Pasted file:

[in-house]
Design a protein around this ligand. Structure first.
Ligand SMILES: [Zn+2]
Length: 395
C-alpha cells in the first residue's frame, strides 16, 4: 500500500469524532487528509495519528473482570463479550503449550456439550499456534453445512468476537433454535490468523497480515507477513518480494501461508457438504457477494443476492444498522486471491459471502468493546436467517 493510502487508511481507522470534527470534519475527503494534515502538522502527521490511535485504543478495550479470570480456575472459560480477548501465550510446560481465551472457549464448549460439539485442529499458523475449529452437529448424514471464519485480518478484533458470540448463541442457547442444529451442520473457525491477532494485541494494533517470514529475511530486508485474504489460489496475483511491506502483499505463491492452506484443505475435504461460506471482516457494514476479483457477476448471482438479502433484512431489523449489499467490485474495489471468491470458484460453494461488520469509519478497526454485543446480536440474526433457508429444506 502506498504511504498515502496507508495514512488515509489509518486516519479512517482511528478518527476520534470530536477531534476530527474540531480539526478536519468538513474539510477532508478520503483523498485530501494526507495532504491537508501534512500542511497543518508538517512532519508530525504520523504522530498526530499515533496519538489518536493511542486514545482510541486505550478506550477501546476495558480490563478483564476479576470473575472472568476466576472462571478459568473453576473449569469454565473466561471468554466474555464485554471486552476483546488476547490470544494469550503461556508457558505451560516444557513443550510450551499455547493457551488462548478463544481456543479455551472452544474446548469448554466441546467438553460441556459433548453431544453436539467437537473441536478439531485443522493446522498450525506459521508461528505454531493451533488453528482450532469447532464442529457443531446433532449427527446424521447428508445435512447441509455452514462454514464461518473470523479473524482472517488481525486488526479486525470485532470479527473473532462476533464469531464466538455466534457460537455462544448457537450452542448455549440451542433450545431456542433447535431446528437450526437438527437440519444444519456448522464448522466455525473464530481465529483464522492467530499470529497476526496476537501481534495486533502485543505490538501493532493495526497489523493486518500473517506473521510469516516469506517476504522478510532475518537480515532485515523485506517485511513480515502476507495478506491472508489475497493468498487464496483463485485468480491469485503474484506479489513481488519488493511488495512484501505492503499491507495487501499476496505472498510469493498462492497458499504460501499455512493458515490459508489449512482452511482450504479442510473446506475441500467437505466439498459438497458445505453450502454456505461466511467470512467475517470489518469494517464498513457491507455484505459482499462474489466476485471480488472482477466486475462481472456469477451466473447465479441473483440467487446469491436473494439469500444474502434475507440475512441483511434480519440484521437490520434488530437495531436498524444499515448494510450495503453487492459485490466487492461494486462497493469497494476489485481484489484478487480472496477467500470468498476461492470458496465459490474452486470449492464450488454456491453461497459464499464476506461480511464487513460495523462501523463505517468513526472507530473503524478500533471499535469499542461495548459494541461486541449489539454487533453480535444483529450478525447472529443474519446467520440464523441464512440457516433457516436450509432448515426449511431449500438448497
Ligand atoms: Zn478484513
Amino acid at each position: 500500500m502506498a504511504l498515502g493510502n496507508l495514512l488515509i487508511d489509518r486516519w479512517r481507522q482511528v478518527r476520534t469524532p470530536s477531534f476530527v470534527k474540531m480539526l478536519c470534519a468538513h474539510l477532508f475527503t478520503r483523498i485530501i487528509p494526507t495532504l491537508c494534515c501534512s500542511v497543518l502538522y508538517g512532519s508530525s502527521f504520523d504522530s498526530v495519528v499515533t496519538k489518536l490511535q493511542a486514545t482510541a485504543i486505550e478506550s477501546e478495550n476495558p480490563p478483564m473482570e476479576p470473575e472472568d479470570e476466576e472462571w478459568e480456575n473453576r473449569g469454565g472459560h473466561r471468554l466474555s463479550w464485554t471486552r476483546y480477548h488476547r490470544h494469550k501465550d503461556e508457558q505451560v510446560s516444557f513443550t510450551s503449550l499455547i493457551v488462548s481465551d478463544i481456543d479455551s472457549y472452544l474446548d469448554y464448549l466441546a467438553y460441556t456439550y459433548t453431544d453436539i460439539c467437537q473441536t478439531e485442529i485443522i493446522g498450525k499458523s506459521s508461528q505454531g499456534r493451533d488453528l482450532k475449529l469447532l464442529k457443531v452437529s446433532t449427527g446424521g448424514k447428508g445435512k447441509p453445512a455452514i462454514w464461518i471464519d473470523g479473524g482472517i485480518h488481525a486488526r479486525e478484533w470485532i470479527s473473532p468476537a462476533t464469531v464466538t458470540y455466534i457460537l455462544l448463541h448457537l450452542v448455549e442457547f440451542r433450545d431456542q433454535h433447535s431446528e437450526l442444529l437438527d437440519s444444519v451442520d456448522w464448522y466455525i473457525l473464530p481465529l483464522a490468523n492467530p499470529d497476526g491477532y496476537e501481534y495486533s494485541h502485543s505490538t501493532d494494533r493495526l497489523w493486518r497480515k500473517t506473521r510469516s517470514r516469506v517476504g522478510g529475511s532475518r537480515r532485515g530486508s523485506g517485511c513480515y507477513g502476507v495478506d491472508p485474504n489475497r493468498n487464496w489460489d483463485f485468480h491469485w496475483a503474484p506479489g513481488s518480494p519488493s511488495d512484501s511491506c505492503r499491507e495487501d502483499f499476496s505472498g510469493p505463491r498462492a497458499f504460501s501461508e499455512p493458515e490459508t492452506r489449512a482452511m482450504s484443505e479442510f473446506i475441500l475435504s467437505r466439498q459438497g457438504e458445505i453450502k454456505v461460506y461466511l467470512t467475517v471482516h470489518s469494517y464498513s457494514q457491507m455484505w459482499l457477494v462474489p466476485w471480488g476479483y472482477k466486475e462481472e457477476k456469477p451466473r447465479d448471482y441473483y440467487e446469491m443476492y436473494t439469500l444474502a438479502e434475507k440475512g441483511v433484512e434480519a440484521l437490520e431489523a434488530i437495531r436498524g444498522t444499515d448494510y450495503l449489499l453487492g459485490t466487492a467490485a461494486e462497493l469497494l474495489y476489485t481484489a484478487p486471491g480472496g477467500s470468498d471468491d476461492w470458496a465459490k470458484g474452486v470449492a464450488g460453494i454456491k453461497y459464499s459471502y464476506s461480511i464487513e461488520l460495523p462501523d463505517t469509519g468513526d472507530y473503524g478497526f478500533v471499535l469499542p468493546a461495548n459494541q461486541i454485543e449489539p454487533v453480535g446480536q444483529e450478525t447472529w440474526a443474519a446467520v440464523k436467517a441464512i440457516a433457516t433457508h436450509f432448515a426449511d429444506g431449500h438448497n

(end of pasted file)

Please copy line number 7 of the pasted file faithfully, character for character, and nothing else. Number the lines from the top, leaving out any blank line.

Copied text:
Amino acid at each position: 500500500m502506498a504511504l498515502g493510502n496507508l495514512l488515509i487508511d489509518r486516519w479512517r481507522q482511528v478518527r476520534t469524532p470530536s477531534f476530527v470534527k474540531m480539526l478536519c470534519a468538513h474539510l477532508f475527503t478520503r483523498i485530501i487528509p494526507t495532504l491537508c494534515c501534512s500542511v497543518l502538522y508538517g512532519s508530525s502527521f504520523d504522530s498526530v495519528v499515533t496519538k489518536l490511535q493511542a486514545t482510541a485504543i486505550e478506550s477501546e478495550n476495558p480490563p478483564m473482570e476479576p470473575e472472568d479470570e476466576e472462571w478459568e480456575n473453576r473449569g469454565g472459560h473466561r471468554l466474555s463479550w464485554t471486552r476483546y480477548h488476547r490470544h494469550k501465550d503461556e508457558q505451560v510446560s516444557f513443550t510450551s503449550l499455547i493457551v488462548s481465551d478463544i481456543d479455551s472457549y472452544l474446548d469448554y464448549l466441546a467438553y460441556t456439550y459433548t453431544d453436539i460439539c467437537q473441536t478439531e485442529i485443522i493446522g498450525k499458523s506459521s508461528q505454531g499456534r493451533d488453528l482450532k475449529l469447532l464442529k457443531v452437529s446433532t449427527g446424521g448424514k447428508g445435512k447441509p453445512a455452514i462454514w464461518i471464519d473470523g479473524g482472517i485480518h488481525a486488526r479486525e478484533w470485532i470479527s473473532p468476537a462476533t464469531v464466538t458470540y455466534i457460537l455462544l448463541h448457537l450452542v448455549e442457547f440451542r433450545d431456542q433454535h433447535s431446528e437450526l442444529l437438527d437440519s444444519v451442520d456448522w464448522y466455525i473457525l473464530p481465529l483464522a490468523n492467530p499470529d497476526g491477532y496476537e501481534y495486533s494485541h502485543s505490538t501493532d494494533r493495526l497489523w493486518r497480515k500473517t506473521r510469516s517470514r516469506v517476504g522478510g529475511s532475518r537480515r532485515g530486508s523485506g517485511c513480515y507477513g502476507v495478506d491472508p485474504n489475497r493468498n487464496w489460489d483463485f485468480h491469485w496475483a503474484p506479489g513481488s518480494p519488493s511488495d512484501s511491506c505492503r499491507e495487501d502483499f499476496s505472498g510469493p505463491r498462492a497458499f504460501s501461508e499455512p493458515e490459508t492452506r489449512a482452511m482450504s484443505e479442510f473446506i475441500l475435504s467437505r466439498q459438497g457438504e458445505i453450502k454456505v461460506y461466511l467470512t467475517v471482516h470489518s469494517y464498513s457494514q457491507m455484505w459482499l457477494v462474489p466476485w471480488g476479483y472482477k466486475e462481472e457477476k456469477p451466473r447465479d448471482y441473483y440467487e446469491m443476492y436473494t439469500l444474502a438479502e434475507k440475512g441483511v433484512e434480519a440484521l437490520e431489523a434488530i437495531r436498524g444498522t444499515d448494510y450495503l449489499l453487492g459485490t466487492a467490485a461494486e462497493l469497494l474495489y476489485t481484489a484478487p486471491g480472496g477467500s470468498d471468491d476461492w470458496a465459490k470458484g474452486v470449492a464450488g460453494i454456491k453461497y459464499s459471502y464476506s461480511i464487513e461488520l460495523p462501523d463505517t469509519g468513526d472507530y473503524g478497526f478500533v471499535l469499542p468493546a461495548n459494541q461486541i454485543e449489539p454487533v453480535g446480536q444483529e450478525t447472529w440474526a443474519a446467520v440464523k436467517a441464512i440457516a433457516t433457508h436450509f432448515a426449511d429444506g431449500h438448497n